Dividends Are Back!
When you’re cutting $5.5 billion in costs, it allows you to pass along some of those savings to the investor. Iger announced Wednesday he’s asked the board to reinstate dividends by the end of the calendar year, something Disney hasn’t done since before Covid. At first, Disney said those dividends will be “modest” and just a fraction of what they were before Covid, back when they were paying $.88 a share to investors semi-annually, but that hopes to increase. Investors should be seeing dollar signs regardless, and it should be one more tool to get activist investor Nelson Peltz off their backs. Speaking of whom…
NBCU Photo Bank/NBCUniversal via Getty Images
5 Things We Didn’t Learn
Trian Management CEO and activist investor Nelson Peltz has made a stink about trying to get on Disney’s board, and the board has made clear over the last few months they want nothing to do with him, meaning a proxy fight is coming very soon. But Peltz’s name (or of his son who is running as an alternate) didn’t come up once on the earnings call, and Iger made only a brief comment in regards to his succession, pointing to Mark Parker as chairing the search committee.
DeSantis and the State of Florida v. Disney World
Since last year, one of the biggest stories surrounding Disney has been Florida Gov. Ron DeSantis’ attempts to strip Disney World of its self-governing status, in petty retaliation for former CEO Bob Chapek’s 180 regarding the state Republicans’ controversial “Don’t Say Gay” bill. That saga reached a new stage on Monday, when Florida lawmakers filed a new bill, expected to pass in the special legislative session scheduled to end next week, that would give DeSantis power to appoint members to the board of supervisors of Disney World’s special tax district, Reedy Creek. This bill wasn’t necessarily a shock, as DeSantis appointing board members was a compromise floated as a solution to the dispute between Florida and Disney in December. And while it’s not optimal for Disney, the bill won’t eliminate their self-governance status completely, which might make the situation less urgent for the company.
Despite it all, Iger was mum about the situation. So Disney’s only real response was resort president’s Jeff Vahl recent statement merely saying that the company is “monitoring” the legislation.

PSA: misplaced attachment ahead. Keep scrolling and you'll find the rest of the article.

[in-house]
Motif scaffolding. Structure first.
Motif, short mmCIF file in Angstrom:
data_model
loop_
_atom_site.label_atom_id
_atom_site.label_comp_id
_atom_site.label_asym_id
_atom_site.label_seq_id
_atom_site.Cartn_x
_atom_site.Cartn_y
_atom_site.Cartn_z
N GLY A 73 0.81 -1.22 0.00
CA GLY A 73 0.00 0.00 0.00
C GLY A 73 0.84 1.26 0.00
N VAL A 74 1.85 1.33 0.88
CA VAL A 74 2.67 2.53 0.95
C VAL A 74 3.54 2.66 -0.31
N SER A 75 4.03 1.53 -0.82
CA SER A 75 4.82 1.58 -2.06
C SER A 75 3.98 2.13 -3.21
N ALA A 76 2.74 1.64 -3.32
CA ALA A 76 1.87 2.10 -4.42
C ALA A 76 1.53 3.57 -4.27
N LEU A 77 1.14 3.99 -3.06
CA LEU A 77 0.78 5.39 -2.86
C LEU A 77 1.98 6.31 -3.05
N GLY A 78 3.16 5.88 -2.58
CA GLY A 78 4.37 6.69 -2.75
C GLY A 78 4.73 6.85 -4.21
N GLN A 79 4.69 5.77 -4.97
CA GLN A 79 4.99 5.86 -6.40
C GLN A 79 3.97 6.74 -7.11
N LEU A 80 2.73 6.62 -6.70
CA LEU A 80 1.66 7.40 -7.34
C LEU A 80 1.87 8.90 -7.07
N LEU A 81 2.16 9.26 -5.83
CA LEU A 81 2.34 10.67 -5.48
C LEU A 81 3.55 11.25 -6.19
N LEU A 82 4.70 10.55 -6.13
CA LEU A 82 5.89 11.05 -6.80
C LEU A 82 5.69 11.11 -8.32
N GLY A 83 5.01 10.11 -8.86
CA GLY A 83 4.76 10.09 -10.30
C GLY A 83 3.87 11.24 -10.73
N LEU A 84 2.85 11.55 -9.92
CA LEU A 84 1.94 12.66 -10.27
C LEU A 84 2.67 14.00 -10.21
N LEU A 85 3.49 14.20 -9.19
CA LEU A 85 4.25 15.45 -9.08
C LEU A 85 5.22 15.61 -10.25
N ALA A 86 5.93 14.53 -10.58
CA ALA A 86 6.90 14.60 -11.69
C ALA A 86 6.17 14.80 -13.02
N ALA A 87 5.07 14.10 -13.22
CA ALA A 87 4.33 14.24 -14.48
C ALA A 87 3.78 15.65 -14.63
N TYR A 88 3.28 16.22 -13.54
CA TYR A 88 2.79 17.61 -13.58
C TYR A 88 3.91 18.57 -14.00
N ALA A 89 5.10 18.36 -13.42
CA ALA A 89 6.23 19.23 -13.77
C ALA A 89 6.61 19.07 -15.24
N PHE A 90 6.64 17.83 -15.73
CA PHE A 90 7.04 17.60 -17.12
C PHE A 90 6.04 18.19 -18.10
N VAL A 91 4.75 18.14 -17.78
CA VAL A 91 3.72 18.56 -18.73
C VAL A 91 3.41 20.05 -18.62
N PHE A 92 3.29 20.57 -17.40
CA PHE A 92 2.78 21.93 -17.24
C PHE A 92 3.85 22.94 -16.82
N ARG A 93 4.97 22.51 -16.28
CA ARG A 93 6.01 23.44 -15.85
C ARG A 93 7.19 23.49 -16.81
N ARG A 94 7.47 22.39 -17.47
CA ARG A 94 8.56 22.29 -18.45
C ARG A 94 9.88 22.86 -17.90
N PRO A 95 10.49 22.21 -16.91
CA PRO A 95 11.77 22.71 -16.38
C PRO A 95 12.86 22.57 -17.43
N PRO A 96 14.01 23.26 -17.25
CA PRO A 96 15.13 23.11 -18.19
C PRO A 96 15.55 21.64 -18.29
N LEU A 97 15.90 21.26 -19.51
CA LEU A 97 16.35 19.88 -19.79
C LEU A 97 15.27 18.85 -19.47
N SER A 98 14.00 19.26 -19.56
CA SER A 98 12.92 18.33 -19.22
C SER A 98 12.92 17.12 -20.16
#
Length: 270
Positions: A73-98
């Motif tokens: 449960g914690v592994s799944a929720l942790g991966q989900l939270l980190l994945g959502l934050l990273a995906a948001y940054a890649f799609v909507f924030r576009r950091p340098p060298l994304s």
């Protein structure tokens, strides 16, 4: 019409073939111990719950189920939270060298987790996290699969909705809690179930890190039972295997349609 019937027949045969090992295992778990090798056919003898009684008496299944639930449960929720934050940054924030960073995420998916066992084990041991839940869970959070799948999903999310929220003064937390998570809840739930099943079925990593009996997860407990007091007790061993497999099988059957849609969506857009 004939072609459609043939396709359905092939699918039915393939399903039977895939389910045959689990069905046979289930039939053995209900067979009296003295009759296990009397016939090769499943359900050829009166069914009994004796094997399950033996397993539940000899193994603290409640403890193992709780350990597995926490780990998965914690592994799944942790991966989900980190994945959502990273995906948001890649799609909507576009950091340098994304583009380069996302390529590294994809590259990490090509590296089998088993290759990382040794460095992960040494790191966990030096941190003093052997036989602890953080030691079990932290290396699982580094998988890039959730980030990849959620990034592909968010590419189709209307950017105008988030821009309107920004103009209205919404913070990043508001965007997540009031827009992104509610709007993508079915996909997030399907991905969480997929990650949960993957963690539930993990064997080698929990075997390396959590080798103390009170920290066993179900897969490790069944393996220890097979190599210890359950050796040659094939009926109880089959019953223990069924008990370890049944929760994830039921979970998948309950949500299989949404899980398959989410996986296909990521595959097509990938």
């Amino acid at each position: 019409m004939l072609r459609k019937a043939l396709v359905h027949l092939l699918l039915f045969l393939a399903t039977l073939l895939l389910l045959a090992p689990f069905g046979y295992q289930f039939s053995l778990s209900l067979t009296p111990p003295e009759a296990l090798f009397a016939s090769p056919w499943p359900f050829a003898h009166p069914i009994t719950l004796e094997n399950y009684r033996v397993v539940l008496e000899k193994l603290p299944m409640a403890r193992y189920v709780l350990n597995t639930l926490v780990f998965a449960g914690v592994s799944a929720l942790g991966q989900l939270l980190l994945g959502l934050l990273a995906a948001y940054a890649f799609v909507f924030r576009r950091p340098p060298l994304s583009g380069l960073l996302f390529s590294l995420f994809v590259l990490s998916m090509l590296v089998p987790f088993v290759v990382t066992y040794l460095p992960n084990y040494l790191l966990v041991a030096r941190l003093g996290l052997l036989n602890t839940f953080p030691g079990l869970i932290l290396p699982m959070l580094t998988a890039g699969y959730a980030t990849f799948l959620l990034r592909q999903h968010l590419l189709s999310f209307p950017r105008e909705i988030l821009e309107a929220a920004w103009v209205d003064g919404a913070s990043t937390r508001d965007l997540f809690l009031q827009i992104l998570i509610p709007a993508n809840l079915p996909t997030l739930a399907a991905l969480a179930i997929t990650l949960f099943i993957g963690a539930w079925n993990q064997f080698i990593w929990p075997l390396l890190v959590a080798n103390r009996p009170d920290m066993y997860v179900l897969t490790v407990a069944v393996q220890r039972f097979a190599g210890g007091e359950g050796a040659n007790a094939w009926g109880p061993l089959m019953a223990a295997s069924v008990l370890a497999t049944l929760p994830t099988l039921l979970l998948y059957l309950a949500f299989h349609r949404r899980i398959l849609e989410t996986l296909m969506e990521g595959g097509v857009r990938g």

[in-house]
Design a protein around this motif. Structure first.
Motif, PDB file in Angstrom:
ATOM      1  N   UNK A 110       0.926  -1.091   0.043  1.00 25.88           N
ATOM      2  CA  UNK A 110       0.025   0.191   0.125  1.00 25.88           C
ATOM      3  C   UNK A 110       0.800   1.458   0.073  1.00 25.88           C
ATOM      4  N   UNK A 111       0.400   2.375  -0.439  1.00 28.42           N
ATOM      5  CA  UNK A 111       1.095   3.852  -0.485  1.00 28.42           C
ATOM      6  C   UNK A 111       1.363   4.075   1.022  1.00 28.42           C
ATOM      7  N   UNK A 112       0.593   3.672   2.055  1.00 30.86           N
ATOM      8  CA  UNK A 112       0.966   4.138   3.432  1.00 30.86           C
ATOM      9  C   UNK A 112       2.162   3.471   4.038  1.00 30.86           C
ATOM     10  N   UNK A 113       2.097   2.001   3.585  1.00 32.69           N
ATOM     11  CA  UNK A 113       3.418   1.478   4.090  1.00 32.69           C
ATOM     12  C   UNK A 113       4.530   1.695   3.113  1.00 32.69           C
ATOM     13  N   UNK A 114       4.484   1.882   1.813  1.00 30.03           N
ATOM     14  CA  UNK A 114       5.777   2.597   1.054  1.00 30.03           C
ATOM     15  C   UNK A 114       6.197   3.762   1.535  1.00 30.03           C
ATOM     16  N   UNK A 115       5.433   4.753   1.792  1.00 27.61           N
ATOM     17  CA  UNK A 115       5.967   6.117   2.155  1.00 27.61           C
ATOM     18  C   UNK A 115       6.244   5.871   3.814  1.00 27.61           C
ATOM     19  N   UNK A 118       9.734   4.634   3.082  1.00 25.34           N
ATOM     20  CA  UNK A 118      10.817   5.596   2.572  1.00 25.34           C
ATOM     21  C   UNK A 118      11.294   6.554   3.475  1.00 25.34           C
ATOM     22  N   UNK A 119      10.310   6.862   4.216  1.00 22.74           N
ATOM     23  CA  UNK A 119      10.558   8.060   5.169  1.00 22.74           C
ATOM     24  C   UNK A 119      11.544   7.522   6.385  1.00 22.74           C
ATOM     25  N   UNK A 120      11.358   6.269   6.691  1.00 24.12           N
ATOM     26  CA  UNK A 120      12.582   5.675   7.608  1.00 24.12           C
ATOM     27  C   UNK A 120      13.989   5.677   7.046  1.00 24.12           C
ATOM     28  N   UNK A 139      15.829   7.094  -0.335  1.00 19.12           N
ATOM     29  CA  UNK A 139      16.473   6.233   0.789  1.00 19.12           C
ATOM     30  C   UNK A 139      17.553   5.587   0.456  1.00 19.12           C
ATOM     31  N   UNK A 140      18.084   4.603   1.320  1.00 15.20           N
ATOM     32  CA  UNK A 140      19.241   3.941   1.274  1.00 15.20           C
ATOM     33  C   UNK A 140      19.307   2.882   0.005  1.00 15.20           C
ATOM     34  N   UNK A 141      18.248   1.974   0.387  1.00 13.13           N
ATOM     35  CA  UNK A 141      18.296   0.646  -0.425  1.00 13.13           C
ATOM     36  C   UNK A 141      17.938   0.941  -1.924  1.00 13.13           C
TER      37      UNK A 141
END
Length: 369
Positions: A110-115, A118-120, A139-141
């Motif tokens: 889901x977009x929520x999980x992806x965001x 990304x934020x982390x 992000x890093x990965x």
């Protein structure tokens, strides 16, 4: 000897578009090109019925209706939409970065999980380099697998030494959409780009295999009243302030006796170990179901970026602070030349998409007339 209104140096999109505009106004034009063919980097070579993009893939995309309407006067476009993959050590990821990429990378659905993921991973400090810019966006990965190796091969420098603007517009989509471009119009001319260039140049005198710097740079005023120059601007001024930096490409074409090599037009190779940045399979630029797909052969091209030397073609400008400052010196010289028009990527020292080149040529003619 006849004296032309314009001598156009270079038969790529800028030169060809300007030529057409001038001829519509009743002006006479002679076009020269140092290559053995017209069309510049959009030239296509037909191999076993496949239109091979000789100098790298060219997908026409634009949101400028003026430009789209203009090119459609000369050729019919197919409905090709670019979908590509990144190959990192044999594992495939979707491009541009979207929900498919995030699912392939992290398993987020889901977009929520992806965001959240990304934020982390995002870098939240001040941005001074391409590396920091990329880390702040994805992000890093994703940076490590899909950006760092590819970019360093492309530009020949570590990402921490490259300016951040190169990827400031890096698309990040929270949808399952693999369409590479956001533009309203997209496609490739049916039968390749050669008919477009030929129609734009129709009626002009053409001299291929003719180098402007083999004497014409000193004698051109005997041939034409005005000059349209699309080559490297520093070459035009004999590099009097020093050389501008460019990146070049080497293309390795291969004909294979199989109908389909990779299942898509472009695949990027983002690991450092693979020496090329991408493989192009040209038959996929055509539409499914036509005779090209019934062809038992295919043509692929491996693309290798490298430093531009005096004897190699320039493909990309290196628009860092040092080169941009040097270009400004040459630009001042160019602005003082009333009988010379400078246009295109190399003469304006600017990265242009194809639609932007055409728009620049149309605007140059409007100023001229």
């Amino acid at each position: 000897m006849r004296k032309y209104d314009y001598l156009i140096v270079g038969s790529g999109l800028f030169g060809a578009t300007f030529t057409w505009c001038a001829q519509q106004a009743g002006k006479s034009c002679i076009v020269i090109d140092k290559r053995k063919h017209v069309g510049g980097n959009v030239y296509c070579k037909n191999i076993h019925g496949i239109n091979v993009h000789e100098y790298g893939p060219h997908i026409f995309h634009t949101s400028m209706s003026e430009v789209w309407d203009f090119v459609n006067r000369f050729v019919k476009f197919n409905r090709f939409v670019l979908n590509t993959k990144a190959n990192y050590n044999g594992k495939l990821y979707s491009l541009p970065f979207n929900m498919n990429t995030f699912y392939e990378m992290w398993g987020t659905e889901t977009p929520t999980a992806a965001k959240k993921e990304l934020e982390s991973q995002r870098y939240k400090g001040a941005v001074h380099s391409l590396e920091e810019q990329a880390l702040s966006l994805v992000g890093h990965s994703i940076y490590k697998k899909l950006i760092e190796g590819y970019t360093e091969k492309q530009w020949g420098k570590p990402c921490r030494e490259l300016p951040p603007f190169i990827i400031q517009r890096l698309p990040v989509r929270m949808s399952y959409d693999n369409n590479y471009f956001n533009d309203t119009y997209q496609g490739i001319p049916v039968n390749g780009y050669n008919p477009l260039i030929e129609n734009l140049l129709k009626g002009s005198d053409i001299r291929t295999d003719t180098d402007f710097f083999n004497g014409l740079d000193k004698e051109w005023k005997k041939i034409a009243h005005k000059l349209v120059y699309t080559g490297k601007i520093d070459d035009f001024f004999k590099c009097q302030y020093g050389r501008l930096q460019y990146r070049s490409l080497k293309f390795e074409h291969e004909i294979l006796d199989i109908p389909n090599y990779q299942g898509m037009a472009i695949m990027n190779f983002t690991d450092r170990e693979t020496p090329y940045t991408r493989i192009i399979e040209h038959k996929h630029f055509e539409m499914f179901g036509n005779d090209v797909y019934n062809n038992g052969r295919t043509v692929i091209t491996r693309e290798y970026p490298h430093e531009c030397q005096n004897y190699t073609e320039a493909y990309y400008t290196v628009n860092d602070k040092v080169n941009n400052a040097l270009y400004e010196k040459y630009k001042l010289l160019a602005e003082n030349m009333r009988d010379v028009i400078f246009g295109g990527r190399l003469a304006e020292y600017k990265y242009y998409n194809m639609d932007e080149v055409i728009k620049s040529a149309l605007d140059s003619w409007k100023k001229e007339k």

Disney+’s Long-Term Subscriber Goals
At least one analyst was fishing for Iger to give an updated number or re-assess his predecessor’s guidance on long-term subscriber growth at Disney+. Chapek had given a hefty recommendation that Disney+ could reach between 230 to 260 million subscribers by 2024 (as of today’s earnings they sit at 161 million), so the opportunity was sitting right there for Iger to scale that number back. He didn’t bite, just nibbled.
“In our zeal to go after subscribers, I think we had gotten a bit too aggressive in terms of our promotion, and we’re going to take a look at that,” he said. “We can’t get to profitability and turn this into a growth business without growing subs. So while we’re taking off the table sub-guidance, we’re still going to look to grow subs, we just want to grow quality subs that are loyal and that we actually have an ability to price effectively to those subs.”
Iger and McCarthy did not however change their guidance in saying that the DTC business would be profitable by 2024, so that’s something.
A Decision on Hulu Can Wait
Iger does know that Disney has to make a decision on Hulu this year, yes? That’s at least a $27.5 billion decision for Disney if they’re going to buy out the remaining third of the streamer that Comcast owns, or choose to sell the two-thirds that Disney owns. That would be another great way to bring in cash for a company that’s now laser-focused on savings. But despite the DTC business still losing $1.05 billion (Hulu did add 800,000 subscribers this quarter), it didn’t once come up. Maybe Iger wants some time to see how Hulu does under the new structure that’s in place before putting anything in stone.
Yes, Licensing is Possible, We Just Don’t Know How Much
This Monday, Bloomberg reported that Disney’s top brass was discussing the possibility of ramping up their licensing business to sell the rights of film and TV properties to rival media outlets. This strategy would be quite the shift from Disney’s stance since launching Disney+, which has been to keep their content underneath the House of Mouse. The report said Iger would share more details about licensing during the call, which he did — sort of.
In response to a question during the call, Iger did say that licensing will potentially be a part of Disney’s profit strategy going forward, but hedged in giving any more details and said the company “wasn’t really there” in terms of disclosing what Disney’s licensing approach will be. As such, it’s unclear how aggressively Disney may end up pursuing licensing, what companies it might start licensing to, and when they might ramp up licensing, if at all.
“We have opportunities using the great talent that we have, to create for third parties and we’re going to look at that very seriously,” Iger said during the call. “I actually think this is a nice opportunity to create growth business for the company, but it’s way too soon to predict what it will be.”